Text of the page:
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Oil is set for the biggest quarterly rise since 2009 amid OPEC cuts and sanctions

LONDON (Reuters) - Oil prices rose on Friday amid OPEC-led supply cuts and U.S. sanctions against Iran and Venezuela, putting crude markets on track for their biggest quarterly rise since 2009.

Pumpjacks are seen against the setting sun at the Daqing oil field in Heilongjiang province, China December 7, 2018. REUTERS/Stringer

May Brent crude oil futures were up 83 cents at $68.65 a barrel by 1232 GMT, set for a gain of nearly 28 percent in the first quarter. The more active June contract was up 89 cents at $67.99 a barrel.

U.S. West Texas Intermediate (WTI) futures were at $60.44 per barrel, up 1.14 cents, and on track for a rise of more than 33 percent over the January-March period.

For the two futures contracts, January-March 2019 is the best-performing quarter since the second quarter of 2009, when both gained about 40 percent.

Graphic: Crude futures quarterly performance -

Oil prices have been supported for much of this year by an agreement between the Organization of the Petroleum Exporting Countries and allies such as Russia to cut output by around 1.2 million barrels per day.

“Production cuts from the OPEC+ group of producers have been the main reason for the dramatic recovery since the 38 percent price slump seen during the final quarter of last year,” said Ole Hansen, head of commodity strategy at Saxo Bank.

Barclays bank said on Friday oil prices “are likely to move still higher in Q2 and average $73 per barrel ($65 WTI), and $70 for the year”.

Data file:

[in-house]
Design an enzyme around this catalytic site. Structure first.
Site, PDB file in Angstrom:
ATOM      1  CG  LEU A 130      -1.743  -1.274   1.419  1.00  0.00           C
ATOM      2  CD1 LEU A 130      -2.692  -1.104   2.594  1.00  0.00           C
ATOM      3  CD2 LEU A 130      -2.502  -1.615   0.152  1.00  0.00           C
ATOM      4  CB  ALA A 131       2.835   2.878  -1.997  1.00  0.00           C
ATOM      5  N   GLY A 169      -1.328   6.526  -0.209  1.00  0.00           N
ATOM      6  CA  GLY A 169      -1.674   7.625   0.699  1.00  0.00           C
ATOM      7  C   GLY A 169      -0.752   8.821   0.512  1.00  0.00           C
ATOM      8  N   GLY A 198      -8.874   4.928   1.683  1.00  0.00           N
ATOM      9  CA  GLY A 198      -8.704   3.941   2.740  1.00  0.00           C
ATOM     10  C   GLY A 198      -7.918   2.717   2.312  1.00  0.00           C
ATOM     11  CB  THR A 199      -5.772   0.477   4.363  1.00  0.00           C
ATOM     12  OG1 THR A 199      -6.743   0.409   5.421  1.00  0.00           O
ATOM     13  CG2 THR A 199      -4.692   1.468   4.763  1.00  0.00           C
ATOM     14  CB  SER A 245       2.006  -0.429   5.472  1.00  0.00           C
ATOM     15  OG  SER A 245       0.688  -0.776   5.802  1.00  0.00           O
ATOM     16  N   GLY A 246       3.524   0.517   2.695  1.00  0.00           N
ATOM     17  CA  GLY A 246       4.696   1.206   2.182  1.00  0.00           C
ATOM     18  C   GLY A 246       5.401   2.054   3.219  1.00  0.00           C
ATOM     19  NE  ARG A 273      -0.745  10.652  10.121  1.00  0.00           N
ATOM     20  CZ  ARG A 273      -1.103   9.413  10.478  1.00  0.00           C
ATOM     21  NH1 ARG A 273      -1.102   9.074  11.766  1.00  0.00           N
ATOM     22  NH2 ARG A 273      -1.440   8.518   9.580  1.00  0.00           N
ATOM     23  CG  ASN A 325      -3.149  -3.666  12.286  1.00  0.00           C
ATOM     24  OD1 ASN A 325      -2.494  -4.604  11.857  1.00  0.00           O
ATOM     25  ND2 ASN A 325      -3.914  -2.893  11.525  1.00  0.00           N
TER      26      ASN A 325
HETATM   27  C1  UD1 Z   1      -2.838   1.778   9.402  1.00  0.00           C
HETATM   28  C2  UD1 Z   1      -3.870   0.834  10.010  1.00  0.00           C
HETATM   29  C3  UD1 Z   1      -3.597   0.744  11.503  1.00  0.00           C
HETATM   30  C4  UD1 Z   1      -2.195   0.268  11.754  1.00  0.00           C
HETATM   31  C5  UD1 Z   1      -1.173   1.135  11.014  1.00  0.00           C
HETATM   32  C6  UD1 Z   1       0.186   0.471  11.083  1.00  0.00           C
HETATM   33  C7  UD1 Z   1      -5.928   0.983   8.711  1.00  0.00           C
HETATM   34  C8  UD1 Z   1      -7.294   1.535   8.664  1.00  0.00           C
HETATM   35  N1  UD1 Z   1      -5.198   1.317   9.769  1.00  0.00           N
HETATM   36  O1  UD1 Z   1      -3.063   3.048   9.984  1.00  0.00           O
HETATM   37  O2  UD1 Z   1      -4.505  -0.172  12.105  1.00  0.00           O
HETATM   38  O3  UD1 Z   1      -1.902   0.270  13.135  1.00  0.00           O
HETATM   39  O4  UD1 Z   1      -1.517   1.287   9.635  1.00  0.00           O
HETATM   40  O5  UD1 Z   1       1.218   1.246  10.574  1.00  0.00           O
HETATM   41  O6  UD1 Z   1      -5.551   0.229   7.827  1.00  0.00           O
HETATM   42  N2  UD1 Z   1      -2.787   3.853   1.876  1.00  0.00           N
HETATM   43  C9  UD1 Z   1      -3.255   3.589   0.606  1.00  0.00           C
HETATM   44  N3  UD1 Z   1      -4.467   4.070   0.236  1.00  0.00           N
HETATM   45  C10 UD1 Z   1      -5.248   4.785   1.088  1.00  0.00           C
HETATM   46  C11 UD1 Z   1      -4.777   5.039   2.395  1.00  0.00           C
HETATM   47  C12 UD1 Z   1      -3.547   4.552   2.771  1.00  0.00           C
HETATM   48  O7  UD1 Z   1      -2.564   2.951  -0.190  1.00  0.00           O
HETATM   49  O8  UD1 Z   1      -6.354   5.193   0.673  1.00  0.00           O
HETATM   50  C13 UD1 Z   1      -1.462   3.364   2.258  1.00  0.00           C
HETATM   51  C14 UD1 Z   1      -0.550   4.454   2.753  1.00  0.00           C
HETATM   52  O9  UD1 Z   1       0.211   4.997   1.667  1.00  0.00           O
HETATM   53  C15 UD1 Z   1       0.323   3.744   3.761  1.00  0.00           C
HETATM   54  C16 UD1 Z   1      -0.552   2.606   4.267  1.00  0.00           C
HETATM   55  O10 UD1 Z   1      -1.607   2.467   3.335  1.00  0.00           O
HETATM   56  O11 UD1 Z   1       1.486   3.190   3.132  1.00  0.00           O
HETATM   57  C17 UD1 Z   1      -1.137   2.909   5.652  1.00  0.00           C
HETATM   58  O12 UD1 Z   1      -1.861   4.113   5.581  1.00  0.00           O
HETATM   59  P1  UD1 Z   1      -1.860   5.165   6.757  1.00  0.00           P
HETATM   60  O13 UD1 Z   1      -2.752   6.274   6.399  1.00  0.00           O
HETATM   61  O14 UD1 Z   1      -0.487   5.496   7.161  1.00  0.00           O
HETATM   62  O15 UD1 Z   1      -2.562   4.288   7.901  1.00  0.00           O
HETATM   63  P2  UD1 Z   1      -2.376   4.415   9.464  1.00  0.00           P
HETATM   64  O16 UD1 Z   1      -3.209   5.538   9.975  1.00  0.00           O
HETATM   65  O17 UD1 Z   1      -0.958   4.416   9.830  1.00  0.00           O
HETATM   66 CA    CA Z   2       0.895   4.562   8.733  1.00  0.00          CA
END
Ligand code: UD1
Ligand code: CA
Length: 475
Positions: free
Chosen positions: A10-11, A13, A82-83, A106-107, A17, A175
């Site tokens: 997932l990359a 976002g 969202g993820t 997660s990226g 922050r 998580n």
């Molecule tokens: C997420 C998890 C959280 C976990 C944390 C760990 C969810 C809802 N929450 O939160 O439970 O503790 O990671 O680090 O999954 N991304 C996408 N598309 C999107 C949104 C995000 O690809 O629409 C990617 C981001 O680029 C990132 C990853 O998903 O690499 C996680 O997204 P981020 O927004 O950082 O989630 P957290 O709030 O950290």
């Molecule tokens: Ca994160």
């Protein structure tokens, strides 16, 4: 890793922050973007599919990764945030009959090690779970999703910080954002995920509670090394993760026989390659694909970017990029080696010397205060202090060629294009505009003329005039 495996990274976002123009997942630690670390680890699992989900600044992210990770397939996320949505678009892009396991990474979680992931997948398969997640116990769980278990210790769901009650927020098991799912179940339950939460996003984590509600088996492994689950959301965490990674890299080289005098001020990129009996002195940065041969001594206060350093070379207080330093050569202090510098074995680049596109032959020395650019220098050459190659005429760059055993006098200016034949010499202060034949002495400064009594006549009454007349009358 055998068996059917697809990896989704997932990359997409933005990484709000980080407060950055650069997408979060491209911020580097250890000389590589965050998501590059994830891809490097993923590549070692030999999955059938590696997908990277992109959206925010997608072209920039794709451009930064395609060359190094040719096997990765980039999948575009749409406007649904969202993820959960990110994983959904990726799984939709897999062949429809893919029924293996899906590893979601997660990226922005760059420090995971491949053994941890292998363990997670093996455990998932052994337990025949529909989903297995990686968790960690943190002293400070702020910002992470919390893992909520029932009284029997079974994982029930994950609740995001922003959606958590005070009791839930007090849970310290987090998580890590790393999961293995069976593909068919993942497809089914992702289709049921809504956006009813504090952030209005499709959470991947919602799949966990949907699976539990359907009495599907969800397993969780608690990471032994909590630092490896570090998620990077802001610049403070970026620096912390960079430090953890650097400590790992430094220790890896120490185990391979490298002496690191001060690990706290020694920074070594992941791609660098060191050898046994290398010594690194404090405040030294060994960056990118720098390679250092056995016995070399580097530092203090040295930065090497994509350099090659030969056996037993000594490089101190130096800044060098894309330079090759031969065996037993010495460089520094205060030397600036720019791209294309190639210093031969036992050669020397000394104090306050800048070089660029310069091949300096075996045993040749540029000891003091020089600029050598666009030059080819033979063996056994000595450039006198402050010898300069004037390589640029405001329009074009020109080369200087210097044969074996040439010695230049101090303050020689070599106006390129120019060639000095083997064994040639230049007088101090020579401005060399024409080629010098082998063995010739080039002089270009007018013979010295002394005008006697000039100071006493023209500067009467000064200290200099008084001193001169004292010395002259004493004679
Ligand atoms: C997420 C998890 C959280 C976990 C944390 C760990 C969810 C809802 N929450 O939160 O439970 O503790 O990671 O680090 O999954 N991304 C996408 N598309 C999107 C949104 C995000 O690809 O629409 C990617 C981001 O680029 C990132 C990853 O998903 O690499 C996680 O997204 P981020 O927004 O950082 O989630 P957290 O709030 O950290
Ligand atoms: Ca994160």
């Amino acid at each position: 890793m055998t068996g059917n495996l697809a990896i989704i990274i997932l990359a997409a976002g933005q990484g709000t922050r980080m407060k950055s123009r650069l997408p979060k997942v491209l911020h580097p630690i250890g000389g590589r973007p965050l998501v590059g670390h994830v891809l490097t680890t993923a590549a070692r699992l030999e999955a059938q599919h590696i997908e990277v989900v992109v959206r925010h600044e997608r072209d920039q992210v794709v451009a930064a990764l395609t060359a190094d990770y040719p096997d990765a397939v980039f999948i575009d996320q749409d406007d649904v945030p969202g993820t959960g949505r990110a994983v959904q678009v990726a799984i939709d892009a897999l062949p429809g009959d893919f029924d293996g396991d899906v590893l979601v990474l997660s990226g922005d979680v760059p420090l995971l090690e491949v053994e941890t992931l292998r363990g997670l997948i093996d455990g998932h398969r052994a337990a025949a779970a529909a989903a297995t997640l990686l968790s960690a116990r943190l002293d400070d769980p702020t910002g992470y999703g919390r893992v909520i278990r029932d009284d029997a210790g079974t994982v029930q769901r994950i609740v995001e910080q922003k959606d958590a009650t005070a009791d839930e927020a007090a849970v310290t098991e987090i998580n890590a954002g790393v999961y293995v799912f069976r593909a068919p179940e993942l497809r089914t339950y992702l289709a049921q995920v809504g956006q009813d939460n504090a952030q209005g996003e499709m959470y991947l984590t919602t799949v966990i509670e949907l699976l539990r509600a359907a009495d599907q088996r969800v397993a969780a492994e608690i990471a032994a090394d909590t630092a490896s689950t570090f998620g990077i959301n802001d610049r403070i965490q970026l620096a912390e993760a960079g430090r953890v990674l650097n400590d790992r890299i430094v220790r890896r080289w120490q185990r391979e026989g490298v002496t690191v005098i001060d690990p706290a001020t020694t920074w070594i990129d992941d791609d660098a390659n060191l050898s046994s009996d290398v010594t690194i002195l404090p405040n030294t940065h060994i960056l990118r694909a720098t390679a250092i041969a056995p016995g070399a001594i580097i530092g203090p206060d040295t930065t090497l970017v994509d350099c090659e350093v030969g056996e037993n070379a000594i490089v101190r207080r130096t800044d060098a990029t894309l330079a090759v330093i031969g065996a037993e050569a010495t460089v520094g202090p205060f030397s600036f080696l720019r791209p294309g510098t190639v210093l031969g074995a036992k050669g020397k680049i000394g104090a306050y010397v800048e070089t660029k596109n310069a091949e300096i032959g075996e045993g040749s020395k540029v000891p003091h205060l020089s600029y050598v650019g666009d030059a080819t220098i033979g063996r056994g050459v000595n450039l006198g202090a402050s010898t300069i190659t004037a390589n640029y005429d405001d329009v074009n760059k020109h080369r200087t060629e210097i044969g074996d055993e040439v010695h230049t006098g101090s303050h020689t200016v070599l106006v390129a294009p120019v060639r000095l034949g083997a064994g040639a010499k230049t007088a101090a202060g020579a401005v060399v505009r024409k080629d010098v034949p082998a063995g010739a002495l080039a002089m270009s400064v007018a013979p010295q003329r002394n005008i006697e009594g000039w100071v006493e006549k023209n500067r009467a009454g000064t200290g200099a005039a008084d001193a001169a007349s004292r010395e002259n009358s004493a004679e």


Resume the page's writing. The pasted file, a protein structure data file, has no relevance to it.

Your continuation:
Prices shrugged off a tweet from U.S. President Donald Trump on Thursday calling for OPEC to boost crude production.

“While OPEC, and above all Saudi Arabia, appeared in November to be obeying U.S. President Trump’s repeated demands to increase oil production, his tweets now are more likely to fall on deaf ears,” Commerzbank said in a note.

OPEC and its allies are scheduled to meet in June to set policy, but some cracks in the union are emerging.

OPEC’s de facto leader Saudi Arabia favors cuts for the full year while Russia, which joined the agreement reluctantly, is seen as less keen to restrict supply beyond September.

U.S. sanctions on OPEC members Iran and Venezuela are also buoying prices.

Washington is exerting further pressure on oil traders to cut oil dealing with Venezuela or face sanctions themselves.

GRAPHIC: Russia, Saudi & rest of OPEC crude oil production -

Bank of America said it expected oil to rise in the short term, with Brent forecast to average $74 per barrel in the second quarter.

Heading towards 2020, however, the bank warned of a recession.

A monthly Reuters survey of economists and analysts forecast Brent would average $67.12 a barrel in 2019, about 1 percent higher than the previous poll’s $66.44.


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